Mangroves and their importance in maintaining coastal ecology 

Mains Marks Booster     5th August 2023        


  • Mangroves are tropical plants that can withstand tidal inundation, salt water, and loose, damp soil. Climate, salt water, tidal fluctuation, and soil type all seem to have a significant role in the dispersal of mangroves. There are more than 50 different species throughout the globe.
  • Ecological adaptations: Mangroves have evolved to withstand harsh estuarine environments. Their capacity to endure brackish waters and flooded, anoxic (lack of oxygen) soil are two of their main adaptations. 

Mangroves in India

  • India covers 3% of South Asia's mangroves, accounting for 6.8% of the world's total. The country's mangrove cover has increased by 54 sq km, reaching 4,975 sq km or 0.15% of its total area.
  • The Sundarbans in West Bengal make up over half of India's mangrove territory. Gujarat experienced the greatest growth in mangrove forest cover, with West Bengal, Gujarat, A&N Islands, Andhra Pradesh, and Maharashtra also experiencing mangrove forest growth. 

Importance of mangroves in coastal areas

  • Mangroves play a crucial role in the ecosystems along the coast where they are found. They protect shorelines from harmful winds, waves, and floods and act as a physical barrier between populations in the marine and terrestrial realms.
  • Biodiversity: Additionally, mangrove forests provide as a habitat and haven for a variety of animals, including birds, fish, insects, mammals, and plants.
  • Many recreational and commercial fish species, including redfish, snook, and tarpons, spawn and grow up in the spawning and nursery grounds of estuarine ecosystems with coastal mangrove shorelines and tree roots.
  • Livelihood: Mangroves offer livelihood opportunities for coastal communities through fisheries and ecotourism, ensuring food security.
  • Water: Mangroves are crucial to preserving the purity of the water. They filter and trap sediments, heavy metals, and other contaminants via their extensive root system and the flora around them.
  • This capacity to hold back sediments moving from upstream avoids the contaminating of streams downstream and safeguards delicate ecosystems below, such as coral reefs and seagrass beds.
  • Carbon Sequestration: Massive volumes of carbon dioxide emissions and other greenhouse gases are captured by mangrove forests, which trap and store them for millennia in their carbon-rich waterlogged soils. As we deal with climate change, this is an essential ecological service.
  • Coastal defense: For coastal communities, mangroves serve as the first line of defence. They safeguard coastal areas from increasing storm surge, floods, and storms and stabilize shorelines by reducing erosion. 


  • Coastal Developments: Large tracts of mangrove forests were cleared to make way for coastal development before the importance of mangroves was appreciated. Living in coastal locations requires some land clearing, but there must be a careful balance between sustainable development and harming the local ecosystem.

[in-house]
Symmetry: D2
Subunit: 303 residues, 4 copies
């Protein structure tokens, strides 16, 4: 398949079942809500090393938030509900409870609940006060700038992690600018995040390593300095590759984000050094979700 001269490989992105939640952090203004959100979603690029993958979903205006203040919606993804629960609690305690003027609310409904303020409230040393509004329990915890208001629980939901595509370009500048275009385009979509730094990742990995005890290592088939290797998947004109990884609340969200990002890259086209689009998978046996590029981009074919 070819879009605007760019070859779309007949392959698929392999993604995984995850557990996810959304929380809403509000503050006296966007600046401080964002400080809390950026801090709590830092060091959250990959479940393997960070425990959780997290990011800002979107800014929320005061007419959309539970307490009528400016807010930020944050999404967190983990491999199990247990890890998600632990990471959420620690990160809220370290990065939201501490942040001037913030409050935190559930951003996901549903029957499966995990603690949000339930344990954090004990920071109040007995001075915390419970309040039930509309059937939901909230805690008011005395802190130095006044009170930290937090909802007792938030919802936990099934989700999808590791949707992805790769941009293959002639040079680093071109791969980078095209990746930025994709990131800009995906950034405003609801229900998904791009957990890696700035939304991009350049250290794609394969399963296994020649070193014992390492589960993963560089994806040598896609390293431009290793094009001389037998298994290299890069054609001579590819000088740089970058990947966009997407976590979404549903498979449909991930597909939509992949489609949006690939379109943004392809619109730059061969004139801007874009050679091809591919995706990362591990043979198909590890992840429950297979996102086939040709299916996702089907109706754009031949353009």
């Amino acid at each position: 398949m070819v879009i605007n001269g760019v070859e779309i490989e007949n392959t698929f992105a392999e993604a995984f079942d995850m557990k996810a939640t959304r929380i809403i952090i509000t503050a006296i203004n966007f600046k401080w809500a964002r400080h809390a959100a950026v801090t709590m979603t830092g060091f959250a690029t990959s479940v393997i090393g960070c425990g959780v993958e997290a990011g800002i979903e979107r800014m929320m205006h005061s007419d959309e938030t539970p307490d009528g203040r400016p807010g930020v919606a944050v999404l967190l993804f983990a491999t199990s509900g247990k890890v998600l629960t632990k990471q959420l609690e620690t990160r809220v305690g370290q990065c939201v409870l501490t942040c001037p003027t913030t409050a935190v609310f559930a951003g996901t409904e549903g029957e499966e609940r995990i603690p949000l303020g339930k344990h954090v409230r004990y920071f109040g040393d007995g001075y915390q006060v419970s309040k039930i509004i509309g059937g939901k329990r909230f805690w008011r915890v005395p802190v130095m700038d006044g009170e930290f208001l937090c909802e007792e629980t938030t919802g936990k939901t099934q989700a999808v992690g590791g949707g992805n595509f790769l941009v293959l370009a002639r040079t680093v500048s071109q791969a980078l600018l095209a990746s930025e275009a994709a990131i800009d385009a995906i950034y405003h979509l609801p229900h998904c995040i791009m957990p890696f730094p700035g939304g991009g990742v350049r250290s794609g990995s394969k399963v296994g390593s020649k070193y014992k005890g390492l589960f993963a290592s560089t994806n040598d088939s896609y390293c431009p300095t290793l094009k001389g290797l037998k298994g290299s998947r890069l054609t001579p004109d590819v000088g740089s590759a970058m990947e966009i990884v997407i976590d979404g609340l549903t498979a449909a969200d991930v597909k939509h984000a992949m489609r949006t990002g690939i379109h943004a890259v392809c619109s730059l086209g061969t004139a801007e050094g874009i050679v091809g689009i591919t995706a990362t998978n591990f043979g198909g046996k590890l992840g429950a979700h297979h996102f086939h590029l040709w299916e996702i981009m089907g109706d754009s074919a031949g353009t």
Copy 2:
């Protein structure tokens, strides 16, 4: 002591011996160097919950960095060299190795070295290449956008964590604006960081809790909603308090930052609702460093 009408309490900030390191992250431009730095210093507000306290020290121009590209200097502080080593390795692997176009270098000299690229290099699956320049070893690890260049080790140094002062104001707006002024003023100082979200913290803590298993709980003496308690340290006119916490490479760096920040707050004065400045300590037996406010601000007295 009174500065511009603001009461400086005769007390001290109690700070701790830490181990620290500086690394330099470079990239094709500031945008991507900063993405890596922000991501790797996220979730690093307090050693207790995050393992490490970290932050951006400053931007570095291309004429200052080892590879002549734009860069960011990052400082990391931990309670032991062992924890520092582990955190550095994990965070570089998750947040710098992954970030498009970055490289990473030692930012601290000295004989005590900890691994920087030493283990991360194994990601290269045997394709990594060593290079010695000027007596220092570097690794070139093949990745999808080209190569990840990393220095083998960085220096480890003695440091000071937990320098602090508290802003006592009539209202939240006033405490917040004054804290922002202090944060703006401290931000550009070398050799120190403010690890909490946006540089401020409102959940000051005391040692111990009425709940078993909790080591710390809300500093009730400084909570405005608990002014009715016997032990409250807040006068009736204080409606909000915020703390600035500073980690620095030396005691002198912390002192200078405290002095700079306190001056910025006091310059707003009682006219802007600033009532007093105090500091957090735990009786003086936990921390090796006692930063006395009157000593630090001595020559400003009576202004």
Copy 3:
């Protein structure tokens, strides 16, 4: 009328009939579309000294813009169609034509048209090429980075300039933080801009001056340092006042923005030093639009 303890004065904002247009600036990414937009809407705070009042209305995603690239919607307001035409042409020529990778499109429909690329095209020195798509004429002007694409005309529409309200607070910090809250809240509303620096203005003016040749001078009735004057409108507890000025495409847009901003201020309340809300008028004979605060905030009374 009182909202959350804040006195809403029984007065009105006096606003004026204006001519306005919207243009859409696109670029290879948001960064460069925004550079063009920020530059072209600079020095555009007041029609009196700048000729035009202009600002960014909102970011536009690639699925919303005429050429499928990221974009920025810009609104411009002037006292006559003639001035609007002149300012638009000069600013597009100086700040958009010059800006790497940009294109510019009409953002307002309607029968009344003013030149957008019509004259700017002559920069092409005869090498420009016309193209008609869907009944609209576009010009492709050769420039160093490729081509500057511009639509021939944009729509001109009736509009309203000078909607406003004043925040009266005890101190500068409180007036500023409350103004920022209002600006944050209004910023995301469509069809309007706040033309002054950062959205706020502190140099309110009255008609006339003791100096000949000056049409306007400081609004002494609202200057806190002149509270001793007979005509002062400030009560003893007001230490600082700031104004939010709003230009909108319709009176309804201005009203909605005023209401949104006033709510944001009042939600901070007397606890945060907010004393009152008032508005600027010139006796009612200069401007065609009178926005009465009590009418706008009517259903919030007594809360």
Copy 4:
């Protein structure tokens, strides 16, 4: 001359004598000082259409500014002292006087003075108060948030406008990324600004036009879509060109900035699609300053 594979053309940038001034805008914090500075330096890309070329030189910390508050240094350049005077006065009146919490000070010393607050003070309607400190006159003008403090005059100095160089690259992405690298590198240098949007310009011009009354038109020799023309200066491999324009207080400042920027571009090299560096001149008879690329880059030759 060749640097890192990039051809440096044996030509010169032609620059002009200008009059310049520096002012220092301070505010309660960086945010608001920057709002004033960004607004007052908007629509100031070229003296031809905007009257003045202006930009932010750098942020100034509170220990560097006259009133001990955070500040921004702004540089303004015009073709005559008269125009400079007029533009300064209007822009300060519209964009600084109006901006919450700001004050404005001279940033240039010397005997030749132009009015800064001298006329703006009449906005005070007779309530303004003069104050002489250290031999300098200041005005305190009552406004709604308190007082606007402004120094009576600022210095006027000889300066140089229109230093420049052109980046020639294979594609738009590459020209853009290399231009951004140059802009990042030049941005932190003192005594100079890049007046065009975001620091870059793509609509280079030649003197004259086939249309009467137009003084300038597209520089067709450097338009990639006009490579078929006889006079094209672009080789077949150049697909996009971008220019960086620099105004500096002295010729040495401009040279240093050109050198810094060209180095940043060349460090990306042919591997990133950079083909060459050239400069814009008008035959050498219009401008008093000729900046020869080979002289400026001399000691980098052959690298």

• Shrimp aquaculture: Mangrove habitats unfortunately support thriving shrimp farms. Mangrove trees have been cut down as a result so shrimp ponds may be built.
  • The IUCN reports that this sector has caused several nations, including Vietnam, to lose half of their original mangrove forests in recent years.
  • Charcoal farming: Mangroves produce high-quality charcoal because of the density of their wood. Local inhabitants have used mangrove wood as a source of cooking fuel in many locations where mangroves are common.
  • Natural Disaster: Natural disasters pose one of the biggest hazards to mangroves. Mangrove habitats are vulnerable to storms like hurricanes, tsunamis, and other natural calamities.


Initiatives for the Protection of Mangroves

  • Mangrove conservation and maintenance under the National Scheme began in 1987. Since 1987, the Forest Survey of India has been measuring the amount of mangroves.
  • Mangroves and coral reefs are acknowledged as significant coastal environmental resources in the National Environment Policy of 2006, which also highlights the necessity of implementing an all-encompassing strategy for Integrated Coastal Zone Management.
  • Mangroves for the Future (MFF), an initiative of the IUCN, has included India since 2006.
  • A "National Institute for Research in Mangroves and Coastal Bioresources" was also established in West Bengal, close to the Sunderbans.
  • The government implements promotional and regulatory measures to protect, conserve, and augment forests through a central sector scheme under the National Coastal Mission Programme on Mangroves and Coral Reefs.
  • Further, Coastal Regulation Zone Notification implements regulatory measures under various Acts, including Environment, Wild Life, Forest, and Biological Diversity.
  • The government of India has launched the Mangrove Initiative for Shoreline Habitats and Tangible Incomes (MISHTI) in Budget 2023–24, drawing on India's success in afforestation. Under this mangrove plantations will be established under this strategy along the coast and on salt pans. 


  • Serious repercussions, such as a fall in biodiversity, extinction of species, genetic erosion, greater floods, and a drop in water quality, can result from mangrove degradation.
  • The government has made an effort to adopt certain programs to save these significant ecosystems, but the absence of appropriate management practices has prevented the sustainability of these resources from being accomplished.
  • To preserve the biggest mangrove ecosystem in the world for both current and future generations, a sustainable management plan should be created with input from all beneficiaries and stakeholders.